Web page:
This past month I have been going through the application process to be a substitute teacher here in Colorado. Your first question might be “Why?” My response, besides the fact that Walmart wasn’t hiring any new store greeters, would be “Why not?” I enjoy being around young people, and I get tired of hearing people say “Act your age!” At my age I’ve got one foot heading towards a tombstone!

The process, however, has been an exercise in frustration. It’s like an ongoing visit to the DMV, something very few of us list as one of our pleasurable activities. On the Colorado Department of Education application it seems I was asked about five times whether or not I’ve committed a felony. By the fifth time I was starting to think that I had…kind of like when my mom would keep asking me “Are you sure you didn’t do that?” I’m sure at some time through the process I confessed to her that I had committed some offense that my brother, Charlie, had really done.

In my application process I’ve struggled with new technology that I didn’t have to worry about when I applied for a summer job at Rollyson Aluminum Products back in 1973. How do I scan a document? How can I attach something to an on-line application without staples or paper clips? Why do I have to be reminded of the sad state of my first year college grades?

A friend of mine suggested that the torture of the process is God’s way of telling me that there is unconfessed sin in my life, and that I should repent…and then become a pastor again! I failed to connect the dots of his reasoning, but it did make me think of the Christian exalting of the ability to persevere. The Apostle Paul wrote in Romans 5:3-4 that “…we also glory in our sufferings, because we know that suffering produces perseverance; perseverance, character; and character, hope.” In James it says to “Let perseverance finish its work so that you may be mature and complete, not lacking anything.” (James 1:4)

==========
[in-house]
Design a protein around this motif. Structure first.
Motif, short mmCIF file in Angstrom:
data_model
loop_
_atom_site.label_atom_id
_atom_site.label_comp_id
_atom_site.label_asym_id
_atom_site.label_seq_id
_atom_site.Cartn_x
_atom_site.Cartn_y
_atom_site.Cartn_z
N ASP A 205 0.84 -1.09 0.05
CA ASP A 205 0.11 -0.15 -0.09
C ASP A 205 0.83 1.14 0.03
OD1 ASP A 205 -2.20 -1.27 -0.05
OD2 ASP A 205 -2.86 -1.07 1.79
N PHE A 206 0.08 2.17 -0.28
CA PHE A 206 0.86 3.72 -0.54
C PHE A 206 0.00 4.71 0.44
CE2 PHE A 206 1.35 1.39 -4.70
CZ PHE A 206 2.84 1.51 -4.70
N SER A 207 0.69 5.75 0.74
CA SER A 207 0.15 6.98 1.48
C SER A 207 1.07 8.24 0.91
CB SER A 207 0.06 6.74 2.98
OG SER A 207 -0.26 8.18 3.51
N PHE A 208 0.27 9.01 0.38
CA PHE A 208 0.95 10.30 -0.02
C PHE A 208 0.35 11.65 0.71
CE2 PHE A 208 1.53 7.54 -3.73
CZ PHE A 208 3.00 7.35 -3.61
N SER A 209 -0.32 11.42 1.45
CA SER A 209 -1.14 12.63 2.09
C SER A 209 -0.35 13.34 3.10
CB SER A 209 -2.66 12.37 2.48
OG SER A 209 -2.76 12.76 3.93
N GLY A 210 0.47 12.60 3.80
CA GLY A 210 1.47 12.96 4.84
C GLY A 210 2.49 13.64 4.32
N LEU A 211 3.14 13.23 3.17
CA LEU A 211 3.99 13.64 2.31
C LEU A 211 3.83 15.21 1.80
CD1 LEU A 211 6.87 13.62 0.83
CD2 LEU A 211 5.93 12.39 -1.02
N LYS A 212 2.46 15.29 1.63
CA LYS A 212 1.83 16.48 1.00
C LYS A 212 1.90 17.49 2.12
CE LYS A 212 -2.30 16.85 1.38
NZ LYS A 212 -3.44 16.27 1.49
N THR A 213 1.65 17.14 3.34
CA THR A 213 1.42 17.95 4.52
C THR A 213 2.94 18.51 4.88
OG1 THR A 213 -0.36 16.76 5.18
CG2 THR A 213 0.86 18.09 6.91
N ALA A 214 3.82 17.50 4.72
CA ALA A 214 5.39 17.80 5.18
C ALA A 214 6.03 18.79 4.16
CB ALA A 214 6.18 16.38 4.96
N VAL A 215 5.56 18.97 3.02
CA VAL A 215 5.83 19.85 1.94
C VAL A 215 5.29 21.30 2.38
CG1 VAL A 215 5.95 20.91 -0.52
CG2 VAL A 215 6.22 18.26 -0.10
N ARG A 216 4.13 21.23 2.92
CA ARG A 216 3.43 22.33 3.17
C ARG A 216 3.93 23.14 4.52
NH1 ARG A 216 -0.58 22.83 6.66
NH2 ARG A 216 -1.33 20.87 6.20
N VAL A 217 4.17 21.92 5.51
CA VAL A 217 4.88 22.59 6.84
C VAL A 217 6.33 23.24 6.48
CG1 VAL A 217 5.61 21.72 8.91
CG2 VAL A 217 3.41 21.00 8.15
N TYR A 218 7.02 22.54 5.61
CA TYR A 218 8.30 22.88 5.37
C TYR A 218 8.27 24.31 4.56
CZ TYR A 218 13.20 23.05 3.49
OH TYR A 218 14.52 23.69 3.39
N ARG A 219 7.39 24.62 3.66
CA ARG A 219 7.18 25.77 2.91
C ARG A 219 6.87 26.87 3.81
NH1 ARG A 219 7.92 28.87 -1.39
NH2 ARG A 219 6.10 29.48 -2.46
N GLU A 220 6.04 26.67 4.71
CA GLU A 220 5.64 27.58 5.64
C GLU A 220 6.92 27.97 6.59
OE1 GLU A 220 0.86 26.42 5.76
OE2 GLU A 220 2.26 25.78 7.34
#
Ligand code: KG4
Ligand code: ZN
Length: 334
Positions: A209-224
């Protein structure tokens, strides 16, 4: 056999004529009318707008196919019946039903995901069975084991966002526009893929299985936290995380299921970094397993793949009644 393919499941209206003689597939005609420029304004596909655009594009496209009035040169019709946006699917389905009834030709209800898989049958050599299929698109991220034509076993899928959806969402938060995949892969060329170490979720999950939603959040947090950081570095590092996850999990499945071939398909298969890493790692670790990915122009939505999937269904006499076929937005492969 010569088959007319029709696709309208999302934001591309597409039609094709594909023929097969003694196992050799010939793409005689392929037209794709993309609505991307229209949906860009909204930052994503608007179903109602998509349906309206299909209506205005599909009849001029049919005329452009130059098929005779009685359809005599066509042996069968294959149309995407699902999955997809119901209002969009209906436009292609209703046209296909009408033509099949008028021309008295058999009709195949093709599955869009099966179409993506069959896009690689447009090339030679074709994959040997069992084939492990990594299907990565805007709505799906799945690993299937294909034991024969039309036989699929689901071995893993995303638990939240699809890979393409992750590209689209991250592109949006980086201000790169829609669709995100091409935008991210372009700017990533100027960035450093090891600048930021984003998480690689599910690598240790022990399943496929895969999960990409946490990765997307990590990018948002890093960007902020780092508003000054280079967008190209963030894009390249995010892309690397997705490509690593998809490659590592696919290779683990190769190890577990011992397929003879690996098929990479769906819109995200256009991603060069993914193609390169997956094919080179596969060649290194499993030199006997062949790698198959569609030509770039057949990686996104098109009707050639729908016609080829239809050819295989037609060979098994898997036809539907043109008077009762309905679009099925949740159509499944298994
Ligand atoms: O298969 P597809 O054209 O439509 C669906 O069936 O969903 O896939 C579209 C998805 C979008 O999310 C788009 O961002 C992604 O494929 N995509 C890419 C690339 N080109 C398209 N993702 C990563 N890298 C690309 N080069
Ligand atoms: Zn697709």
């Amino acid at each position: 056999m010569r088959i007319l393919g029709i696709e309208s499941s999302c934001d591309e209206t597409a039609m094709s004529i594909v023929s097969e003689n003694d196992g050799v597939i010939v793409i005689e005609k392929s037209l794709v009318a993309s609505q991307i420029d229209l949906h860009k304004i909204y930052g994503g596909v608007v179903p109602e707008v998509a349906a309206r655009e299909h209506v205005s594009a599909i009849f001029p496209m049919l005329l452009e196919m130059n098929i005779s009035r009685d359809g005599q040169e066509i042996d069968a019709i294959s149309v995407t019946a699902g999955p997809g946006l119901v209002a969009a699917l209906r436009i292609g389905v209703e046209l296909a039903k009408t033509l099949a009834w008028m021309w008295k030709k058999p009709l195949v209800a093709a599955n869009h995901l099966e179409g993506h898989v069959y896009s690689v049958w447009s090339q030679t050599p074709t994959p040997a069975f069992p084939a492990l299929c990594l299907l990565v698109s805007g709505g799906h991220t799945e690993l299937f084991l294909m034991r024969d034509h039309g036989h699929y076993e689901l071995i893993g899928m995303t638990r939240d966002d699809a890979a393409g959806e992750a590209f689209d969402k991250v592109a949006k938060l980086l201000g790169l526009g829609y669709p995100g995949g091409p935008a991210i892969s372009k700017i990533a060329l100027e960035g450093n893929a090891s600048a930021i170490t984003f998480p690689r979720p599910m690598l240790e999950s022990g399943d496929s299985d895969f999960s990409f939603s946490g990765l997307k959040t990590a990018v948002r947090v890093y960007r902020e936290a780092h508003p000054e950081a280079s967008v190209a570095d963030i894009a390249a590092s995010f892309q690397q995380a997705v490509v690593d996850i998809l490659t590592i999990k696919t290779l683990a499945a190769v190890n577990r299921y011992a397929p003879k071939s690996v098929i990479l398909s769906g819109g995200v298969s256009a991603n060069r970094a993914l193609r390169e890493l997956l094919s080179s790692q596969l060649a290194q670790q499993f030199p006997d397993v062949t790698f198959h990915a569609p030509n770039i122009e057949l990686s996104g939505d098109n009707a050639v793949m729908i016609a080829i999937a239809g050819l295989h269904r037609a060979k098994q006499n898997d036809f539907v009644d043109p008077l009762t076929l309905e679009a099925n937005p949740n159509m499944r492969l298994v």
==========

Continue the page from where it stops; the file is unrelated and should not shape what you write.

So the question is how does one discern the need to persevere versus God closing a door you keep trying to go through? One of my favorite Far Side cartoons is of a bespectacled young boy trying to enter the door to his school. He’s pushing, but the sign on the door says to pull. Above the door is a sign that says “School for the Academically Talented and Gifted.”

No matter how spiritually connected a person is there will be a constant discernment struggle about whether he is to keep on keeping on…trusting in God…persevering in the faith…and seeing that the door is closed.

I know I’ve confused those two a number of times over the years. The temptation to persevere gets easily attached to something that offers more prestige, more power, and more money. Closed doors are often in the background of decisions that offer no enhancing of my resume. Inconvenience gets viewed as a sign that God is saying “No!”

Going back to “sin in my life”, I recognize that the distance I put between myself and God because of my desire to be in control also causes a blurred vision of what I am being called to do or not do.

In my life recently I’ve had several situations where discernment has been needed. I wish I could say that I’ve nailed it every time, but there have been a few times where I’ve been pushing on the door when the sign says “Pull!” Quite frankly, when I’ve stepped back and finally seen what the sign says I turn red in spiritual embarrassment!